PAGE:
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FWD: Why is PPP so screwed up!?!?!

[Please don't Cc me when replying to my posts on this list]

This thread (Re: Why is PPP so screwed up !?!?!) on debian-user getting
flooded by "It's simple" messages from people with trivial setups, I'm
forwarding this to debian-devel for developer's attention.

IMO this should be taken into account before releasing 1.3.

Joe, since you are offering help, why not join the project? 
For the current procedure see the debian FAQ (14.1 in my local copy)

Siggy Brentrup <bsb@debian.org> aka: bsb@uni-muenster.de
PGP fingerprint = C8 95 66 8C 75 7E 10 A2  05 61 C7 7F 05 B6 A4 DF

------- Forwarded Message

From: CoB SysAdmin (Joe Emenaker) <jemenake@lab.busfac.calpoly.edu>
Subject: Re: Why is PPP so screwed up!?!?!
To: jghasler@win.bright.net
Date: Sat, 1 Mar 97 19:54:08 PST
Cc: debian-user@lists.debian.org
In-Reply-To: <87pvxjdwoi.fsfjgh@win.bright.net>; from 
"jghasler@win.bright.net" at Mar 01, 97 5:22 pm
Mailer: Elm [revision: 70.85]
Status: R

> > It's really not so damn difficult to be honest, but the first time or two
> > it might seem daunting.
> Why not try to make it less daunting?  Is it supposed to be some sort of a
> rite of passage?

Exactly! I keep seeing posts from people who say "All I did was 
'cat /usr/bin/pon' and went and edited "/etc/ppp.chatscript.". Well, tell me,
where in the Debian installation guide 
(ftp://ftp.debian.org/debian/stable/disks-i386/current/install.html) does it 
mention "pon" (or even "ppp" for that matter)? In fact, show me where in
the installation guide it even makes reference to ANY other document that
refers to "pon" or "ppp". This leads to the question: How many hyperlinks
deep do I need to go before I find out how to install Debian?

Second, why should someone have to "cat /usr/bin/pon" to find out to
edit /etc/ppp.chatscript anyway? I mean, I have to say that the Debian
installation routine is so simple it's silly. So why doesn't it just go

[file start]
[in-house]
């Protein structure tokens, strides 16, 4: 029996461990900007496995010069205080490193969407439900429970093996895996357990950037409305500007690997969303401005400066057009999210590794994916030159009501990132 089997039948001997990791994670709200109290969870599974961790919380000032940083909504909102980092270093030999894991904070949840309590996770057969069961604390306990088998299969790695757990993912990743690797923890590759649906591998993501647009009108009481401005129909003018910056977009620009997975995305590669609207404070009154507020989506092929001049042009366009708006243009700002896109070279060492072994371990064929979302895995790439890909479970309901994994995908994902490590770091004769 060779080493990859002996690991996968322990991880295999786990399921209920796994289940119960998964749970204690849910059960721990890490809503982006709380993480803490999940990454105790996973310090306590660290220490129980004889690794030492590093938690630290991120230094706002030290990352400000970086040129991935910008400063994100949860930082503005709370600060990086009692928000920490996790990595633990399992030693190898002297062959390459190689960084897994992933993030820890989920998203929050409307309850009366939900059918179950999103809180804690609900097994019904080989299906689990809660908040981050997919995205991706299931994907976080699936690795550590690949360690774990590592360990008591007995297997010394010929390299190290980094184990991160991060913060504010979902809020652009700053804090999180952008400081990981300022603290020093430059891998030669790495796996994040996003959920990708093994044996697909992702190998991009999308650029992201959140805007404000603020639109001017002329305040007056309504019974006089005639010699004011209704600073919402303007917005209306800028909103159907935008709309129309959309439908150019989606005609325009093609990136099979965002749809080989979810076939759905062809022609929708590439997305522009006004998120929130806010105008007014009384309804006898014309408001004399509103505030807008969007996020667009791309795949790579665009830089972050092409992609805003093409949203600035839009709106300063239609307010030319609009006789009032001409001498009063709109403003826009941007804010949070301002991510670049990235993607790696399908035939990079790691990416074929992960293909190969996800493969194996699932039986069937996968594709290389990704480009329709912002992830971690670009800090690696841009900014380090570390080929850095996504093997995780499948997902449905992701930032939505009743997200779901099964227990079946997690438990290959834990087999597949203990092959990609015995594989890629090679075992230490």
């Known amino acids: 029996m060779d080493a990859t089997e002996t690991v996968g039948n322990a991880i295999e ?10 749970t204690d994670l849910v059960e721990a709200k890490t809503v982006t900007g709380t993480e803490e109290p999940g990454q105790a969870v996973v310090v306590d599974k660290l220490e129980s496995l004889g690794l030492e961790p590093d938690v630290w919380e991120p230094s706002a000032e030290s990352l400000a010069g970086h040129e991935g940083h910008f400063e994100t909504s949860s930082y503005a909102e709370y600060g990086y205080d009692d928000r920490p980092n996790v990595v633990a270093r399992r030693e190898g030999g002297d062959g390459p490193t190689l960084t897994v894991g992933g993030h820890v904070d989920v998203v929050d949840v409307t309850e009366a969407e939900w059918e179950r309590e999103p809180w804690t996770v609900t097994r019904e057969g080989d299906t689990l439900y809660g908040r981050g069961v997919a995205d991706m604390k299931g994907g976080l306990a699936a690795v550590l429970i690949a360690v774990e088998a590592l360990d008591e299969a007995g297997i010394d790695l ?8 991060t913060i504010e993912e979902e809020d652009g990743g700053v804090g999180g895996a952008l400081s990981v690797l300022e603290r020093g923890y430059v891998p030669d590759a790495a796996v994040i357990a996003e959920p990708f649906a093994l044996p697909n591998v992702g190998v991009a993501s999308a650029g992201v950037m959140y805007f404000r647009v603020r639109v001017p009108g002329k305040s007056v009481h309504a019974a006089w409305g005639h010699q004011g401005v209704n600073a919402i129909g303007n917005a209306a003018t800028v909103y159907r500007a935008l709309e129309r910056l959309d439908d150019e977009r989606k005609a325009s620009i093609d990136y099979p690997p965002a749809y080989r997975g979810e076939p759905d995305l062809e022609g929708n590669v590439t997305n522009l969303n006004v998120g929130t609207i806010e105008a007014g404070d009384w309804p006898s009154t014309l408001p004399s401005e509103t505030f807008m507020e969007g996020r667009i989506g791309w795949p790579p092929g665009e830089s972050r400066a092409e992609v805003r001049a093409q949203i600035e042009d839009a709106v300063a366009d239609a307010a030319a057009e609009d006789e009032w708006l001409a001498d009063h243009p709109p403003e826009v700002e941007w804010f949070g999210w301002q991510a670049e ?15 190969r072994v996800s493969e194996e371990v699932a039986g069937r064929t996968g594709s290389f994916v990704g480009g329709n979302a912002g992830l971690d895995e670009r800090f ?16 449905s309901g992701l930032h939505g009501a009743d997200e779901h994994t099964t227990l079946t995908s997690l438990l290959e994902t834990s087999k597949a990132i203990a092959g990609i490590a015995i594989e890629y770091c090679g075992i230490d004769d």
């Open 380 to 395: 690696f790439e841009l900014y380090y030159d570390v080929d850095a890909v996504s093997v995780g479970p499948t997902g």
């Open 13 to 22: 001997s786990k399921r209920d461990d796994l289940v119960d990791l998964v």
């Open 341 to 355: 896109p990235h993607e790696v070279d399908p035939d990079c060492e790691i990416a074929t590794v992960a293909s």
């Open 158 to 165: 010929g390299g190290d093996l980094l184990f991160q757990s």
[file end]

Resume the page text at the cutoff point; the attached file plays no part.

that one extra yard and ask a simple question like "Will this system be
connected to the net via a PPP connection?" and then let me specify
which com port and what the dialup number/login-id/password are? Even the 
people who claim that "ppp was a breeze" admit that they had to hunt
around a little before they found the right files to edit (either that or
they cheated and asked a friend). 

It's silly. There's no mention in the installation guide that ppp is even
included in the base system, or that someone with only dial-in access
to the net can use ppp with dselect's ftp method to add new packages. 
Instead, you get tossed into dselect without even being given the chance 
to get ppp going for the first time (even if you *did* know the files
to edit). Now *that's* intuitive.

Don't get me wrong, Debian is great and it's got some really cool features,
but those features are not made apparent to a newcomer to the distribution.

Here's an example. A buddy of mine in San Francisco recently e-mailed me
that he had just installed Debian (his first Linux) and that he needed to
know how to read a DOS floppy because he had used Win95 to download some
tar'd and gzip'd msql source or whatnot and wanted to copy it onto the
Debian machine.

I explained to him the Debian packaging system (which he hadn't been made
aware of in the docs he read or the install program)... and how he should
go get the .deb files.... and that, when he's feeling brave, he should
get ppp going and use dselect. So, he went and ftp'd (with Win95) some
deb's and copied them over to the Debian machine and used dpkg to install
them. Then, he got gcc and was stuck because it was bigger than a 1.44M.
So, I told him that it was time for the "rite of passage", that he was
going to have to go with ppp and dselect (which, again, he was not made
aware of). It took about 3-4 days of e-mails before I got a message from
him with the subject "I'M ACTUALLY DOWNLOADING WITH DSELECT!!!!!".

The ordeal shouldn't be such that it would cause him to act like he had
won the lottery. I guess my point is that Debian is not doing a good job 
at embracing the "first-time linuxer" and probably even the "first-time
Debian linuxer". As a result, Debian is THE thing to be running as long
as you've got a friend who has installed it before who will help 
point you in the right direction.

And it doesn't have to be that way. I'd be glad to help... but in order to,
I need at least SOME indication from others that they agree there's a 
problem here. Up until now, all I've heard is denial.

- - Joe

------- End of Forwarded Message

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